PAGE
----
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Business in Vancouver

Canadian Freelance Union- CEP

Addressing another Internet shortage

by  Alan Zisman (c) 2011 First published in Business in Vancouver March 15-21, 2011 issue #1116 High Tech Office column

You may type www.biv.com into your browser’s address bar, but as far as the Internet’s concerned, there’s no such address. When you press “enter,” your computer contacts a domain name system database, which sends it to the address you really want:

Each website or other Internet site has its own numerical address, a 32-bit number from a total of 4.3 billion unique addresses. When the Internet was being designed in the mid-1970s that seemed like a comfortably large number. Vint Cerf said that, back then, the Internet was thought of as an experiment that would be superseded when something more advanced was needed.

But that short-term experiment never ended. And now we’ve nearly run out of unclaimed addresses to assign to new users. On January 1, there were approximately 496 million unassigned addresses, down from 721 million a year previous.

The fine print: networked devices like the computers in your office or your smartphone only need an address that’s unique to their internal network. So your computer and mine might have the same address with no conflict as long as they’re on different networks. Despite schemes like that to share addresses, though, the pool of new, available addresses is running low.

There are predictions that the Asia-Pacific region will run out of free addresses this summer, with Europe running out by late 2011 and the North American pool drying up in 2012.

The end of Internet addresses as we know them has been predictable for some time. Since the mid-1990s, the people in charge of these things have been promoting a replacement for the current addressing scheme: Internet Protocol version 4 (IPv4) with IPv6. (No, I don’t know what happened to version 5.)

IPv6 addresses might look like FE80:CD00:0000:0CDE:1257:0000:211E:729C. The longer address means that there are vastly more possible addresses: more than three followed by 38 zeroes – a number that doesn’t yet have a name, but is in the ballpark of the number of molecules in the galaxy.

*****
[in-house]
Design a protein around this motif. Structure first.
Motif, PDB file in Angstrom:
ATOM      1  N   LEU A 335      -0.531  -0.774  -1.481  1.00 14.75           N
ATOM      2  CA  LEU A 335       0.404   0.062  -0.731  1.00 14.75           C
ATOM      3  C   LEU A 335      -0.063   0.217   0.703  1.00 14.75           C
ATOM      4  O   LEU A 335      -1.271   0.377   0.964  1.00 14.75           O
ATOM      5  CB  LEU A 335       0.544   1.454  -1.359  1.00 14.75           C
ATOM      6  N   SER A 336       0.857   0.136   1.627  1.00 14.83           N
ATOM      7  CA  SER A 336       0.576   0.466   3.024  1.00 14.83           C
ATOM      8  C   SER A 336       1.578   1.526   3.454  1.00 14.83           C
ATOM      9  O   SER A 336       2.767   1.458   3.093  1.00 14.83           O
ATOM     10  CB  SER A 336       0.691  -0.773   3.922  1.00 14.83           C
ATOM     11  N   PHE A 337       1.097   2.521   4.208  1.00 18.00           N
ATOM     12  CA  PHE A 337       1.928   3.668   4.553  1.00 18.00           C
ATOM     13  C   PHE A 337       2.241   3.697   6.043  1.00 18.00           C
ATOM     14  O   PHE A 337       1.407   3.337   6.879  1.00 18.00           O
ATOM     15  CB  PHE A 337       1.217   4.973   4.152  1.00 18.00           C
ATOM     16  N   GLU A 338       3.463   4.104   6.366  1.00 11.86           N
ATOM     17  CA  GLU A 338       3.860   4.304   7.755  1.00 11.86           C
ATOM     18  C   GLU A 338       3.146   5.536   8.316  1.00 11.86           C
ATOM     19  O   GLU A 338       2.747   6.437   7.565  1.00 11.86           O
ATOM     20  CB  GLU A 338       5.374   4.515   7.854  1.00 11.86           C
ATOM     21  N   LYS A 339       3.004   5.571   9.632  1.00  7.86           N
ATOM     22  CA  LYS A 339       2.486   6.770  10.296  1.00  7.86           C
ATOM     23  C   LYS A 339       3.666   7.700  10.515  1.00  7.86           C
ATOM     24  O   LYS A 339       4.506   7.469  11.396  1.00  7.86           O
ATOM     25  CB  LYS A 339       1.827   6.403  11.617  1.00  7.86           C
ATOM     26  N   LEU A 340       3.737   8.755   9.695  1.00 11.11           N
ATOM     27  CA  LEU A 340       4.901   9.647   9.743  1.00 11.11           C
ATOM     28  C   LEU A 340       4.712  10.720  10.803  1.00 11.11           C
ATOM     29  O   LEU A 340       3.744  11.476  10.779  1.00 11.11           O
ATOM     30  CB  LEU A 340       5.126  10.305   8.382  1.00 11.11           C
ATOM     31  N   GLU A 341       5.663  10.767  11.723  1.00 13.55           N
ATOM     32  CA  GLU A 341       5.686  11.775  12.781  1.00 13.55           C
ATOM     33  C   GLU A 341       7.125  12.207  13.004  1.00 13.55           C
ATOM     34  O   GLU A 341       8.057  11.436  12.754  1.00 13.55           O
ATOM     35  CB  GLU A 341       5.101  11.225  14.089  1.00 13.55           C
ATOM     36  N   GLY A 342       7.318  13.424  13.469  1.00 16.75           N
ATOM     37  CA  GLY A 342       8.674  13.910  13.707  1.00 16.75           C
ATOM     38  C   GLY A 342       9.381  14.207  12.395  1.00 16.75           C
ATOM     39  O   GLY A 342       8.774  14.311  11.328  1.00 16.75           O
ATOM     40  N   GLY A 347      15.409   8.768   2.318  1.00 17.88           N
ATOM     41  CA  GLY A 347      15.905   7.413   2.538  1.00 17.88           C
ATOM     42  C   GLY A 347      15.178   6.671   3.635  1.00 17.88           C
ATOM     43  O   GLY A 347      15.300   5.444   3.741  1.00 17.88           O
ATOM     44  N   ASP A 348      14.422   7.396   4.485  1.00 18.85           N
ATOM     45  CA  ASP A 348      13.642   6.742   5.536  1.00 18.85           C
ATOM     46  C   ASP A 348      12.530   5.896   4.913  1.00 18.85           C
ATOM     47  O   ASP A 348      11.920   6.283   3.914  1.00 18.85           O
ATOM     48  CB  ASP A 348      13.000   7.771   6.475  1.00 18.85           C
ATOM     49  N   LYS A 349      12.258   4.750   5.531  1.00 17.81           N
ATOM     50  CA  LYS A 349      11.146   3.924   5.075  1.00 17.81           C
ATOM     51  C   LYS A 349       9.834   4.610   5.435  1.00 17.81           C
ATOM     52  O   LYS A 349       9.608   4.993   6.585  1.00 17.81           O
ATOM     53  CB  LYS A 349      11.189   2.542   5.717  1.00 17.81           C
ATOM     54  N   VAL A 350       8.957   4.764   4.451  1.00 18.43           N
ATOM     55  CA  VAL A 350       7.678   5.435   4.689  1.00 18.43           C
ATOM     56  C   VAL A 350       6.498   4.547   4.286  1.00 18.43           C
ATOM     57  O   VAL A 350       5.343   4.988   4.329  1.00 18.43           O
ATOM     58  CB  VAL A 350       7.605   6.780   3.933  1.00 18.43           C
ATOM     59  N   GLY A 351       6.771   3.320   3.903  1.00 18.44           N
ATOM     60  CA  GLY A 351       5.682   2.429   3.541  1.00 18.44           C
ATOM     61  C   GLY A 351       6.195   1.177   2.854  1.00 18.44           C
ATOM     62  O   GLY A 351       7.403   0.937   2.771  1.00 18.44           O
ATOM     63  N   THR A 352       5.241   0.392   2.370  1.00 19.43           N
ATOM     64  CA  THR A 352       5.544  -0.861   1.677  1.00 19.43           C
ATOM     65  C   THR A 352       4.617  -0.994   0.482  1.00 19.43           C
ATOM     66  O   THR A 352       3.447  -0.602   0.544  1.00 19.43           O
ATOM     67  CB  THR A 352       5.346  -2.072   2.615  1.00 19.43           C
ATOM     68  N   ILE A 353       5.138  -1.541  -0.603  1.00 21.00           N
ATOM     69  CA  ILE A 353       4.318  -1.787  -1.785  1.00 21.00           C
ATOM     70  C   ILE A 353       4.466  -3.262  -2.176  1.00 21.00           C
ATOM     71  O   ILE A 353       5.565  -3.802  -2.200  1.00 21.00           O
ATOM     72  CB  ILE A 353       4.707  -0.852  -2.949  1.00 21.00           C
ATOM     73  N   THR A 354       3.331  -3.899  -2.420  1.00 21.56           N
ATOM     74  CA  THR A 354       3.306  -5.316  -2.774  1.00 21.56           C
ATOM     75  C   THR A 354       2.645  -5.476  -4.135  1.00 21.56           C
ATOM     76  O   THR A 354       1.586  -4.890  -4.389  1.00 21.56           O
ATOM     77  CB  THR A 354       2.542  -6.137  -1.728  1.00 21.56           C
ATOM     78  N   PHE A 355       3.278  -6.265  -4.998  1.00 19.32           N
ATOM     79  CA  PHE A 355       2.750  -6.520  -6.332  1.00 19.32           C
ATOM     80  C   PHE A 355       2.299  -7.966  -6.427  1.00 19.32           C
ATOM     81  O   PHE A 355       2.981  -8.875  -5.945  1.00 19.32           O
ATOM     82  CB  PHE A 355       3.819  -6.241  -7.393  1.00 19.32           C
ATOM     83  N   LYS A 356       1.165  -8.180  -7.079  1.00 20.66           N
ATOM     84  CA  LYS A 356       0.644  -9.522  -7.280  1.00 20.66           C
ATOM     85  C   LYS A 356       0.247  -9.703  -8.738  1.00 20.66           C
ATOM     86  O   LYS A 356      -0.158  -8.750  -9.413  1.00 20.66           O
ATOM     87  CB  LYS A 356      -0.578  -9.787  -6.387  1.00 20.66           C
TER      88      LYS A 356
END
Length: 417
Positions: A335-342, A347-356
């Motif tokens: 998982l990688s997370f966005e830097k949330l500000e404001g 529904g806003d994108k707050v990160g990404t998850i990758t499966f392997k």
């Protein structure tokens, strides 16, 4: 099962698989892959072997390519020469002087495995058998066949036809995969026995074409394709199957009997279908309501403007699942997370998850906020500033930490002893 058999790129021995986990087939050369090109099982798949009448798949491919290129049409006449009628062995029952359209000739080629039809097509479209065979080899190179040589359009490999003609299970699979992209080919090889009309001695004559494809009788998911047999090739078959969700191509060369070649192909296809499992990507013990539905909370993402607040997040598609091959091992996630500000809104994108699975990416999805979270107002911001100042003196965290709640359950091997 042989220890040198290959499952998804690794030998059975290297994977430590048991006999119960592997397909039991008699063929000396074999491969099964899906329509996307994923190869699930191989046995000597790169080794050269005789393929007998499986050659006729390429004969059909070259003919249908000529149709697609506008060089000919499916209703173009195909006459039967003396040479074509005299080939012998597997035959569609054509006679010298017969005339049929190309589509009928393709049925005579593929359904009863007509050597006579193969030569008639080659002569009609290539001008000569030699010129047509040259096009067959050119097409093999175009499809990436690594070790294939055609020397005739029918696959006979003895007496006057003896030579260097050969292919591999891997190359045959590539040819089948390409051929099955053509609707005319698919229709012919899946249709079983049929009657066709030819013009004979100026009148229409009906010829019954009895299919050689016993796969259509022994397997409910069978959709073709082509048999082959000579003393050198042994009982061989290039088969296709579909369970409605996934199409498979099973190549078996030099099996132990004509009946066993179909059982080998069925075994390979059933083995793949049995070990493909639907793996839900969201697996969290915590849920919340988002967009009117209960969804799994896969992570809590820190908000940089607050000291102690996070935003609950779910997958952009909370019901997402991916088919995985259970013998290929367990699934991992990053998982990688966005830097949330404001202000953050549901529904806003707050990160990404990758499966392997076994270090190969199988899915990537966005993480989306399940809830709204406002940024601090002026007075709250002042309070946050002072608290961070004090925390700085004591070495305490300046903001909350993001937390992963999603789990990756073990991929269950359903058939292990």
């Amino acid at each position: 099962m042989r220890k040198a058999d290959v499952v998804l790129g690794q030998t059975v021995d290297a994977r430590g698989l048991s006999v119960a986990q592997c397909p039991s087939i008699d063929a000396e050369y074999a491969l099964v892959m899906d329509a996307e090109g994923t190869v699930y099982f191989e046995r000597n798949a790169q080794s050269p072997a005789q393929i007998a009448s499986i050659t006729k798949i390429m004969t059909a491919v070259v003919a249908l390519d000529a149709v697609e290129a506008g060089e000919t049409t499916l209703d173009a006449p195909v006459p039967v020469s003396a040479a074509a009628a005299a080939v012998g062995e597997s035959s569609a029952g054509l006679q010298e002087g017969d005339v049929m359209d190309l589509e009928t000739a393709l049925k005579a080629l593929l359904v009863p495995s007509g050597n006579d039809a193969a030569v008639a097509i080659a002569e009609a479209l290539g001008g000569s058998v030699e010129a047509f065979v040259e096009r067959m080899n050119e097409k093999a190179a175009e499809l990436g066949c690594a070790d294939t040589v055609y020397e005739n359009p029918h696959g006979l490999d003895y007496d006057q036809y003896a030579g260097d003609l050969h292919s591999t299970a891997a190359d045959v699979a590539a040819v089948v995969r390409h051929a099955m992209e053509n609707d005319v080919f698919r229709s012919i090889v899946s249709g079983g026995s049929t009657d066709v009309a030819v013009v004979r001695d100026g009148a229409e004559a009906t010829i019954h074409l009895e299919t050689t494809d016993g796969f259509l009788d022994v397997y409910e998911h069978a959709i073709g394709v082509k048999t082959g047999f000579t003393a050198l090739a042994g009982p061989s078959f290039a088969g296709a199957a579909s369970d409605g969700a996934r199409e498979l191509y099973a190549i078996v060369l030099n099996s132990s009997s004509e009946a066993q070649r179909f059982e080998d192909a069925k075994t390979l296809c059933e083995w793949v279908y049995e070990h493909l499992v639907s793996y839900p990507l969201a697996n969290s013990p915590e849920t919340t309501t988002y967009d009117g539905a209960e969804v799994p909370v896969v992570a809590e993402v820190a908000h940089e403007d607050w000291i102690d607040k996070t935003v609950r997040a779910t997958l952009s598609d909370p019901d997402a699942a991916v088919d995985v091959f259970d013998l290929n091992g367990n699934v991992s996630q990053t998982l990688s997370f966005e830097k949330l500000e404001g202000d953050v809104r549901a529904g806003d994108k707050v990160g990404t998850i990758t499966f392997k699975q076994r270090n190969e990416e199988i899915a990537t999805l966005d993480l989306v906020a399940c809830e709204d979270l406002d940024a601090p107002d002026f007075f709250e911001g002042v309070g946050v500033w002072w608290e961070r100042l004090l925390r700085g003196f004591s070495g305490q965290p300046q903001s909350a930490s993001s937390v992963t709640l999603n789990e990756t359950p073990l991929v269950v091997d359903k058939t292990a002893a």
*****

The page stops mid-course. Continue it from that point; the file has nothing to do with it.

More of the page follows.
So we’ve had a solution to this issue for over 15 years. Nevertheless, we’re not ready for a smooth transition to IPv6. IPv4 and IPv6 devices do not easily communicate with one another, though dual-protocol devices are available.

Windows systems since XP service pack 1 and Mac OS X have supported both the old and new addressing protocols. But server and router support has lagged behind with many organizations understandably reluctant to replace IPv4-only hardware.

As a result, although major websites such as Google and Facebook are supporting IPv6, only a tiny fraction of Internet traffic (an estimated 1/20th of a per cent as of last October) was using IPv6. With such minimal use, it’s been hard to make a case for installing new IPv6-capable hardware. Canadian IPv6 deployment has been estimated at around 8%, significantly lower than the rate in Japan and several European countries.

What to do? As an end user, there’s no need to panic (though expect a new cable or DSL modem in the next while). If you’ve got a business or organizational network with only a few addresses accessed across the Internet, you’re similarly OK – no matter how many users there are on your internal network – but you should start making plans for a transition.

The big Internet service providers and telecom companies, though, are going to be facing a crunch soon – especially with the huge growth in demand for Internet-capable mobile devices. June 8 has been announced as World IPv6 Day, a day for test runs of new systems (www.isoc.org/wp/worldipv6day). You can test your IPv6 readiness today by browsing to www.test-ipv6.com.

The transition to IPv6 is coming. It might be messy. But it won’t be the end of the Internet.

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